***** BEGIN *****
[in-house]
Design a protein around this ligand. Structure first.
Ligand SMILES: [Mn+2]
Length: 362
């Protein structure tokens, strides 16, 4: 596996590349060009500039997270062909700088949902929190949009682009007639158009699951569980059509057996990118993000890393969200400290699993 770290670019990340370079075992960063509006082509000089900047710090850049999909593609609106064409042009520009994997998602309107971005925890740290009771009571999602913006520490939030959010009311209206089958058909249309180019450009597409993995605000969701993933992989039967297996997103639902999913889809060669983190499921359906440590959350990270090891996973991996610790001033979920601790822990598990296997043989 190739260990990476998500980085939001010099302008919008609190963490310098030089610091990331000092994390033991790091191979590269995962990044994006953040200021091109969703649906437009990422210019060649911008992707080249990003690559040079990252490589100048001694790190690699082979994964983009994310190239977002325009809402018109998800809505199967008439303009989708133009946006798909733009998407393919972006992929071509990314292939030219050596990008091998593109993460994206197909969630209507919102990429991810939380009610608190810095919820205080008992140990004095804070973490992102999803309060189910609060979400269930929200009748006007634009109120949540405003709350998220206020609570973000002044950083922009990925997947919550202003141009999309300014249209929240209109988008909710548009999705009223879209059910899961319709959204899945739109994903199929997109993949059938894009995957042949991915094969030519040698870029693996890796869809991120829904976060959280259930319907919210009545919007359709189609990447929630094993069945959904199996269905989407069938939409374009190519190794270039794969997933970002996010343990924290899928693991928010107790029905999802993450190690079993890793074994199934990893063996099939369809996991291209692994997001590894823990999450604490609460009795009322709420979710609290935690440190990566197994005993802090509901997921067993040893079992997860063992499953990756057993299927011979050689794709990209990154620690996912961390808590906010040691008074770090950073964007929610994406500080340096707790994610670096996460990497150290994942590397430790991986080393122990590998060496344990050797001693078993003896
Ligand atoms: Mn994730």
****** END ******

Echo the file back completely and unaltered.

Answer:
[in-house]
Design a protein around this ligand. Structure first.
Ligand SMILES: [Mn+2]
Length: 362
């Protein structure tokens, strides 16, 4: 596996590349060009500039997270062909700088949902929190949009682009007639158009699951569980059509057996990118993000890393969200400290699993 770290670019990340370079075992960063509006082509000089900047710090850049999909593609609106064409042009520009994997998602309107971005925890740290009771009571999602913006520490939030959010009311209206089958058909249309180019450009597409993995605000969701993933992989039967297996997103639902999913889809060669983190499921359906440590959350990270090891996973991996610790001033979920601790822990598990296997043989 190739260990990476998500980085939001010099302008919008609190963490310098030089610091990331000092994390033991790091191979590269995962990044994006953040200021091109969703649906437009990422210019060649911008992707080249990003690559040079990252490589100048001694790190690699082979994964983009994310190239977002325009809402018109998800809505199967008439303009989708133009946006798909733009998407393919972006992929071509990314292939030219050596990008091998593109993460994206197909969630209507919102990429991810939380009610608190810095919820205080008992140990004095804070973490992102999803309060189910609060979400269930929200009748006007634009109120949540405003709350998220206020609570973000002044950083922009990925997947919550202003141009999309300014249209929240209109988008909710548009999705009223879209059910899961319709959204899945739109994903199929997109993949059938894009995957042949991915094969030519040698870029693996890796869809991120829904976060959280259930319907919210009545919007359709189609990447929630094993069945959904199996269905989407069938939409374009190519190794270039794969997933970002996010343990924290899928693991928010107790029905999802993450190690079993890793074994199934990893063996099939369809996991291209692994997001590894823990999450604490609460009795009322709420979710609290935690440190990566197994005993802090509901997921067993040893079992997860063992499953990756057993299927011979050689794709990209990154620690996912961390808590906010040691008074770090950073964007929610994406500080340096707790994610670096996460990497150290994942590397430790991986080393122990590998060496344990050797001693078993003896
Ligand atoms: Mn994730």